assistant principal's message

dear families 

Wow! I heard it was good, it was better than good, it was brilliant!!! The Tuning into Teens session that I attended last Tuesday night, provided some practical and very supportive insights into adolescence and how best to parent them.

That’s no small feat! As a parent now of young adults, I certainly remember my trepidation while watching them during primary school, being fearful that we’d lose our loving and adoring little beings. My husband, Michael and I, always joked that we’d move out during the teenage years, but would weekly post food vouchers under the front door. Such was the worry of what tests our children would present.

Happily, I ended up mostly enjoying these years, I simply loved watching them grow into the people they now are! Much to my surprise, I began being an advocate for teenagers, especially teenage boys, as I grew concerned about all the negative media about them.

 

As Dr Christiane Kehoe, the presenter and co-author of Tuning Into Teens, so succinctly said on Tuesday night, we were ‘fired as managers’, and humbly accepted being rehired as consultants! I’m sure that many of you now are trying on your new consultants clothes!

 

During the evening Christiane provided some succinct information about Anxiety and Anxiety Disorder. She introduced us to current anxiety theories, linking these to how emotion coaching helps.

The importance of naming the emotion and sitting with it with your child was clear. At school, the learning pit, is an opportunty for children to explore feelings of potentially being overwhelmed, while working out ways of solving achieving their goal. Restorative justice conversations, in which children acknowledge their part of a problem, working towards restoring the relationships, also helps them build life-long interpersonal skills. 

 

The part of the evening where we all squirmed a bit was when Christiane introduced Emotion Dismissing. I challenge you all to read the slide and think of a time when you’ve done this! If you are like me, it won’t be difficult at all.

I though Christiane’s advice to flip the but was great, e.g. I have to… but then I can…

 

So our challenge is rather than be emotionally dismissive, is to be an Emotion Coach.

 

A simple, and in no way perfect example of Emotion Coaching was today, when I was with a very upset student.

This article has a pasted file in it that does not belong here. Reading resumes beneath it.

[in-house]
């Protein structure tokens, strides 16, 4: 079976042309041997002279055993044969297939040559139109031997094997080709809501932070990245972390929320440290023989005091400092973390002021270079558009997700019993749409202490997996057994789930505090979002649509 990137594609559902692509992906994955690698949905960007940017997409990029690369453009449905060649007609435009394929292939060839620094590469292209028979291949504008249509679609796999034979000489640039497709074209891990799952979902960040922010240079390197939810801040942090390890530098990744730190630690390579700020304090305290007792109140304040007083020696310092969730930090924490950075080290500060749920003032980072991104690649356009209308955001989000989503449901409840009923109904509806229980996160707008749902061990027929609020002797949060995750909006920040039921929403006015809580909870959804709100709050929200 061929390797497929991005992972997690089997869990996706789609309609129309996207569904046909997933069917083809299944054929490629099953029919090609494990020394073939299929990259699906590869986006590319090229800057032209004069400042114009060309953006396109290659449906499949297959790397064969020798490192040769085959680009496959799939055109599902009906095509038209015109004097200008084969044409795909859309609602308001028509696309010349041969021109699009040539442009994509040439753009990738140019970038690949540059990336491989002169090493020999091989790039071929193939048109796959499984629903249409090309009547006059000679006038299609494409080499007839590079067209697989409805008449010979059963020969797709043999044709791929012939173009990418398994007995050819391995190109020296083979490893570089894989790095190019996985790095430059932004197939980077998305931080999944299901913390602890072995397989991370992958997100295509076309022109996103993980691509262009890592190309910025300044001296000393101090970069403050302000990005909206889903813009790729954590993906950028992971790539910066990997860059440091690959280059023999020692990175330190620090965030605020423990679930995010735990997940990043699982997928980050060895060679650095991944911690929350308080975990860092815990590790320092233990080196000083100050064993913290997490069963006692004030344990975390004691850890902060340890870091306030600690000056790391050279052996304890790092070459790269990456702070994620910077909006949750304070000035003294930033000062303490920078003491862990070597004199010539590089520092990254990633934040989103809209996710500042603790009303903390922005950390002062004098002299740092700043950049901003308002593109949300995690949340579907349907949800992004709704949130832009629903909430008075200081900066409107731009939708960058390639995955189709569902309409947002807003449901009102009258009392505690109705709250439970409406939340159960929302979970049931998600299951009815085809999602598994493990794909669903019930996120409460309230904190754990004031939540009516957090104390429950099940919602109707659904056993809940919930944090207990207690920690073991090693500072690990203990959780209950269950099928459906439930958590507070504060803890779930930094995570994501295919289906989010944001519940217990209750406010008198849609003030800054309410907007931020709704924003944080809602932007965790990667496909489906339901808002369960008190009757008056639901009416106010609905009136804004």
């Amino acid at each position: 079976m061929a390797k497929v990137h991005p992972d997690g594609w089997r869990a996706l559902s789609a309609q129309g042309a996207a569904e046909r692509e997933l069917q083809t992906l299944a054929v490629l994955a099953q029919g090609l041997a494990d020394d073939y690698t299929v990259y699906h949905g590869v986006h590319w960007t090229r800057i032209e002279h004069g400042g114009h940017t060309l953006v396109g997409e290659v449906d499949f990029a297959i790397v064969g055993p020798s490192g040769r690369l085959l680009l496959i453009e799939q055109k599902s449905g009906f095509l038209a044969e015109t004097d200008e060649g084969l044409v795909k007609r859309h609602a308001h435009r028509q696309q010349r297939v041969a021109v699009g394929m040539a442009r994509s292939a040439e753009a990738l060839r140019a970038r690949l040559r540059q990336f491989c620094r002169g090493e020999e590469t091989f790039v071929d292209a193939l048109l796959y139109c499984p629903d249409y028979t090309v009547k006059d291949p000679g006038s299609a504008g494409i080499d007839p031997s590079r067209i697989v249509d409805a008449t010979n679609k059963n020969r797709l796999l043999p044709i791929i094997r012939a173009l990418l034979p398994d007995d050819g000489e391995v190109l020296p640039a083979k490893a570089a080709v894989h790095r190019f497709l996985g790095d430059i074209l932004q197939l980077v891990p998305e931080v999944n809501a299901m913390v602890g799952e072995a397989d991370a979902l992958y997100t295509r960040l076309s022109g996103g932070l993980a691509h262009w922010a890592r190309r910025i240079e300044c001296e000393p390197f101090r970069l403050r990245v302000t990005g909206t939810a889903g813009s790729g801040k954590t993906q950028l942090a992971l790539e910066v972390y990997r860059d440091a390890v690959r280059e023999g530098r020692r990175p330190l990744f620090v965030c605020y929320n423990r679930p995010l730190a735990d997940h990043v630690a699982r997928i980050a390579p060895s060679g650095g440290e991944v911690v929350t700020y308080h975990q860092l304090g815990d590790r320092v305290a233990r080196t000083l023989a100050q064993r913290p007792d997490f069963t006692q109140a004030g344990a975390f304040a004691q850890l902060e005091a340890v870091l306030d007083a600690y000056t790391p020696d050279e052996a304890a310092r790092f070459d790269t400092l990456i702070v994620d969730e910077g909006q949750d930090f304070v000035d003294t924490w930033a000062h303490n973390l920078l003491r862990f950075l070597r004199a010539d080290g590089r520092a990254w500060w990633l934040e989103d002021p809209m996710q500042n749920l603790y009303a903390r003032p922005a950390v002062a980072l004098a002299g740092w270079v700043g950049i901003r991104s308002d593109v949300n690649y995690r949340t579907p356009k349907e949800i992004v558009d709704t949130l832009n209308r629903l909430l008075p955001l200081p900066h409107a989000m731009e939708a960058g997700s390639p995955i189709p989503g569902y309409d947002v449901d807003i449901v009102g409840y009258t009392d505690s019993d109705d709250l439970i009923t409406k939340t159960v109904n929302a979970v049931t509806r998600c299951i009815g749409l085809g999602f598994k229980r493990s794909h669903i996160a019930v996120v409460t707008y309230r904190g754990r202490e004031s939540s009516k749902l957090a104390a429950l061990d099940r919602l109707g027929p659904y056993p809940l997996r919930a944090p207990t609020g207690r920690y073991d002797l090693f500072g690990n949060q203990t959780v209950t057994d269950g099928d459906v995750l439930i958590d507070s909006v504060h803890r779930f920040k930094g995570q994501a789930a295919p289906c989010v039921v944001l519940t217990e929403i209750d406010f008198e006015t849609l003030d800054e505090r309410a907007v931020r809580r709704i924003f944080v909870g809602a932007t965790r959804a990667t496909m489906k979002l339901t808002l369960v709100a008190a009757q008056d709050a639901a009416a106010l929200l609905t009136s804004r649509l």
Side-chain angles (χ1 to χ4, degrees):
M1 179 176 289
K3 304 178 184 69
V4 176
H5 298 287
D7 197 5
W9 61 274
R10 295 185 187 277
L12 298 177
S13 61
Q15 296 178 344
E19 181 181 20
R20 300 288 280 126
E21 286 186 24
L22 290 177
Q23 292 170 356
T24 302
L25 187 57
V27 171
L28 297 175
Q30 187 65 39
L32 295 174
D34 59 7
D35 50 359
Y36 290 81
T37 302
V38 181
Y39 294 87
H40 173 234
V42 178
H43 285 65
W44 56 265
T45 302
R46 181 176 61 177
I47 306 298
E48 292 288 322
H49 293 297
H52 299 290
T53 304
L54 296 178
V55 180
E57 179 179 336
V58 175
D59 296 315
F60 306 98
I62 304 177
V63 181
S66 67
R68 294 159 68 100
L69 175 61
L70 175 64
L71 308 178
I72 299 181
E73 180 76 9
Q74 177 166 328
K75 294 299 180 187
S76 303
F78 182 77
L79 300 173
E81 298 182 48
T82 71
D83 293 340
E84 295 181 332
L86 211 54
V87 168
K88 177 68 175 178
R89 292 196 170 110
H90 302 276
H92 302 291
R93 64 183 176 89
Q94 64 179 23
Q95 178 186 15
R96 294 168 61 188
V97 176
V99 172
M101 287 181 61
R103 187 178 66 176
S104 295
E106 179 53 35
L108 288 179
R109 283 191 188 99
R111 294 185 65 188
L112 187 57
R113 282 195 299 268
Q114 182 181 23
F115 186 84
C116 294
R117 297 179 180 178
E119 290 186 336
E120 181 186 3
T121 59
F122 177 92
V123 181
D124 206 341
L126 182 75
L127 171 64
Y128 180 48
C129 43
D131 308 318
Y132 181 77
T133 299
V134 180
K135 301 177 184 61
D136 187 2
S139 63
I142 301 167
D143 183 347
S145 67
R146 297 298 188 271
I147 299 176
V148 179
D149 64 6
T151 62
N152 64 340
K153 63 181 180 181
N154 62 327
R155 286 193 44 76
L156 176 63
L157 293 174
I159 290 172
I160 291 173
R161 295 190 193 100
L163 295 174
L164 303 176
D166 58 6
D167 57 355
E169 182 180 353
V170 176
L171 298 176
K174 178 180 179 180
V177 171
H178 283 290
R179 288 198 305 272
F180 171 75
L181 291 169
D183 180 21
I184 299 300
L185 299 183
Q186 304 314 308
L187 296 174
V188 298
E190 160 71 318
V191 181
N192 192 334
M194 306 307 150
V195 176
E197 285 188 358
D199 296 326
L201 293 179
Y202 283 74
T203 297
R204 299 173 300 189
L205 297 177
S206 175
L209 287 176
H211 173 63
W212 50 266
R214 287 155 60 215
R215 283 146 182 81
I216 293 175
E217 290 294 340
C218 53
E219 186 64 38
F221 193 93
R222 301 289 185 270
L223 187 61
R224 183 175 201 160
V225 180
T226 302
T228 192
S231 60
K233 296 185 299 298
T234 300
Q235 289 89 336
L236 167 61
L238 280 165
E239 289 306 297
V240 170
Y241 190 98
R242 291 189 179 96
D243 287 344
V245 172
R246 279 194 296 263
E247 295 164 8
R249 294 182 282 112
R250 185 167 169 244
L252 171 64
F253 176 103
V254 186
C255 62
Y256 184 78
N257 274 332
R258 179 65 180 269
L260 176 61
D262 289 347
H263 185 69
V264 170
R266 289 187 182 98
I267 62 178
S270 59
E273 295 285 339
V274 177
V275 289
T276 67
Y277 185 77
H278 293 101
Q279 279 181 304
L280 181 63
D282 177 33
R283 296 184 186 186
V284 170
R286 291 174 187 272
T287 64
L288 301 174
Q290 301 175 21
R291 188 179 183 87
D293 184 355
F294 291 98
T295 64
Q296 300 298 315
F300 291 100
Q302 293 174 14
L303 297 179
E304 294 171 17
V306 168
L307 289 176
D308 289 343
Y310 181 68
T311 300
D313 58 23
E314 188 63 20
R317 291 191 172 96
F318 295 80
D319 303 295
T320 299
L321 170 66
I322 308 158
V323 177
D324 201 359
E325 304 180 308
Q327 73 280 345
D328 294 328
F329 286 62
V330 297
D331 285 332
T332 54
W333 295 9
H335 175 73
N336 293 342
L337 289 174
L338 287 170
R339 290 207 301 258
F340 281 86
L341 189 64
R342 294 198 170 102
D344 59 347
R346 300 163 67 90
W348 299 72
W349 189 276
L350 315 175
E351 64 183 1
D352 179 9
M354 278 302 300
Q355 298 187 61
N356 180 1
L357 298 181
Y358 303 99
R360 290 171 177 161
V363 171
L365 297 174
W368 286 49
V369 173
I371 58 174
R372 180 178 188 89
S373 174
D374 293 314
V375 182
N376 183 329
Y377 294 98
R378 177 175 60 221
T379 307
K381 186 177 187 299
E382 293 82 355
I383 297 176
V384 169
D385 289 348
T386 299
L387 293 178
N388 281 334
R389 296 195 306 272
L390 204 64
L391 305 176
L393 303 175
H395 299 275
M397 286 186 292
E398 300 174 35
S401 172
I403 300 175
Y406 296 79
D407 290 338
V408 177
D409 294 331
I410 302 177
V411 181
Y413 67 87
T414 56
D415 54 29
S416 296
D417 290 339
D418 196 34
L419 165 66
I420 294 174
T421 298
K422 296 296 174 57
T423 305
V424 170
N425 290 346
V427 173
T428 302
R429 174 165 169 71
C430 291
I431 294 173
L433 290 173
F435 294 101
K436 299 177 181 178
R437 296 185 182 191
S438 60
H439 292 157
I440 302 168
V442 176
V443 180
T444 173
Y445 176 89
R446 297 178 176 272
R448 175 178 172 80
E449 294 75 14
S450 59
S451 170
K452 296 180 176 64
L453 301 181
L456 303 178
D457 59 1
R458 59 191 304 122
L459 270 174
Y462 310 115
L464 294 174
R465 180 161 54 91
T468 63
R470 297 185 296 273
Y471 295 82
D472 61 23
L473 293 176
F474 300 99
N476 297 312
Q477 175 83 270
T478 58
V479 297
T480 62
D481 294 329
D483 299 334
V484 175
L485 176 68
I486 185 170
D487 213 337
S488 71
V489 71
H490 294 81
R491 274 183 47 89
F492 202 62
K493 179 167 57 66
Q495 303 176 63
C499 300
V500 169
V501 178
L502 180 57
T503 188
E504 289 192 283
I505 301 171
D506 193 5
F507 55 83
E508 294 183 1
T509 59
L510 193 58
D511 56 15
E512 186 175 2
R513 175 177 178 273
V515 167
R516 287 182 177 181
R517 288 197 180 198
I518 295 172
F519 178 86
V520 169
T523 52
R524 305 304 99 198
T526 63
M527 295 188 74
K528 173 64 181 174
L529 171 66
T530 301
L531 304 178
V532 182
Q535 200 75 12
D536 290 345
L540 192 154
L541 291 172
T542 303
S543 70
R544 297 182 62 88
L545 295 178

As often happens, I was busy at the time, and it was nearly the end of the school day, so time was limited. Hearing this child’s distress it was clear that I needed to reprioritise my time and support her. Calmly I sat on the floor near her, simply listening, after a little while, I

The importance of naming the emotion and sitting with it with your child was clear. At school, the learning pit, is an opportunity for children to explore feelings of potentially being overwhelmed, while working out ways of solving achieving their goal. Restorative justice conversations, in which children acknowledge their part of a problem, working towards restoring the relationships, also helps them build life-long interpersonal skills.

 

The part of the evening where we all squirmed a bit was when Christiane introduced Emotion Dismissing. I challenge you all to read the slide and think of a time when you’ve done this! If you are like me, it won’t be difficult at all.

I though Christiane’s advice to flip the but was great, e.g. I have to… but then I can…

 

So our challenge is rather than be emotionally dismissive, is to be an Emotion Coach.

 

A simple, and in no way perfect example of Emotion Coaching was today, when I was with a very upset student.

As often happens, I was busy at the time, and it was nearly the end of the school day, so time was limited. Hearing this child’s distress it was clear that I needed to reprioritise my time and support her. Calmly I sat on the floor near her, simply listening, after a little while, I 

asked her to sit next to me. Through showing empathy towards her strength of emotions, and asking open-ended questions, she was able to tell me how scared and angry she was. She helped me understand her situation more and through saying things such as “I can see you’re really sad.” I was able to validate her emotions. Ultimately, through empathising and questioning (emotion coaching and restorative justice techniques) together we were able to begin solving her problem.

I’m looking forward to next Tuesday night where we’ll further explore emotion coaching and anger. Please register if you are interested in attending, even if you’ve not been able to come previously!